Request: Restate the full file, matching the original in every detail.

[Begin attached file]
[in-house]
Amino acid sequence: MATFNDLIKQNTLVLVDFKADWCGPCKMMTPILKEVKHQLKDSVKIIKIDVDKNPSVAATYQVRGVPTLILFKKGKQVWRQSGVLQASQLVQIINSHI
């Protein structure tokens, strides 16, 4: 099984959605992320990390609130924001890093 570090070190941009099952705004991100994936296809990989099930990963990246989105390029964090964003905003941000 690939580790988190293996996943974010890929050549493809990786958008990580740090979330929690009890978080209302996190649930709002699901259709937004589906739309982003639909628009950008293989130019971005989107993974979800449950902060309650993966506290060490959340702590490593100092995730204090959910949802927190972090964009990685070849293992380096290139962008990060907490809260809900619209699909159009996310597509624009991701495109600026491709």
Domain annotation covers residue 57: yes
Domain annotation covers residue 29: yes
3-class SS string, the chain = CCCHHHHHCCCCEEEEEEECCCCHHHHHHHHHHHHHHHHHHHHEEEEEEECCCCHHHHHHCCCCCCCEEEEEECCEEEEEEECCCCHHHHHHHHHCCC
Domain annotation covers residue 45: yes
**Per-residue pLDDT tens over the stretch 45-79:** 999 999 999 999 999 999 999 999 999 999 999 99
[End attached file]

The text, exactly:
[in-house]
Amino acid sequence: MATFNDLIKQNTLVLVDFKADWCGPCKMMTPILKEVKHQLKDSVKIIKIDVDKNPSVAATYQVRGVPTLILFKKGKQVWRQSGVLQASQLVQIINSHI
């Protein structure tokens, strides 16, 4: 099984959605992320990390609130924001890093 570090070190941009099952705004991100994936296809990989099930990963990246989105390029964090964003905003941000 690939580790988190293996996943974010890929050549493809990786958008990580740090979330929690009890978080209302996190649930709002699901259709937004589906739309982003639909628009950008293989130019971005989107993974979800449950902060309650993966506290060490959340702590490593100092995730204090959910949802927190972090964009990685070849293992380096290139962008990060907490809260809900619209699909159009996310597509624009991701495109600026491709």
Domain annotation covers residue 57: yes
Domain annotation covers residue 29: yes
3-class SS string, the chain = CCCHHHHHCCCCEEEEEEECCCCHHHHHHHHHHHHHHHHHHHHEEEEEEECCCCHHHHHHCCCCCCCEEEEEECCEEEEEEECCCCHHHHHHHHHCCC
Domain annotation covers residue 45: yes
**Per-residue pLDDT tens over the stretch 45-79:** 999 999 999 999 999 999 999 999 999 999 999 99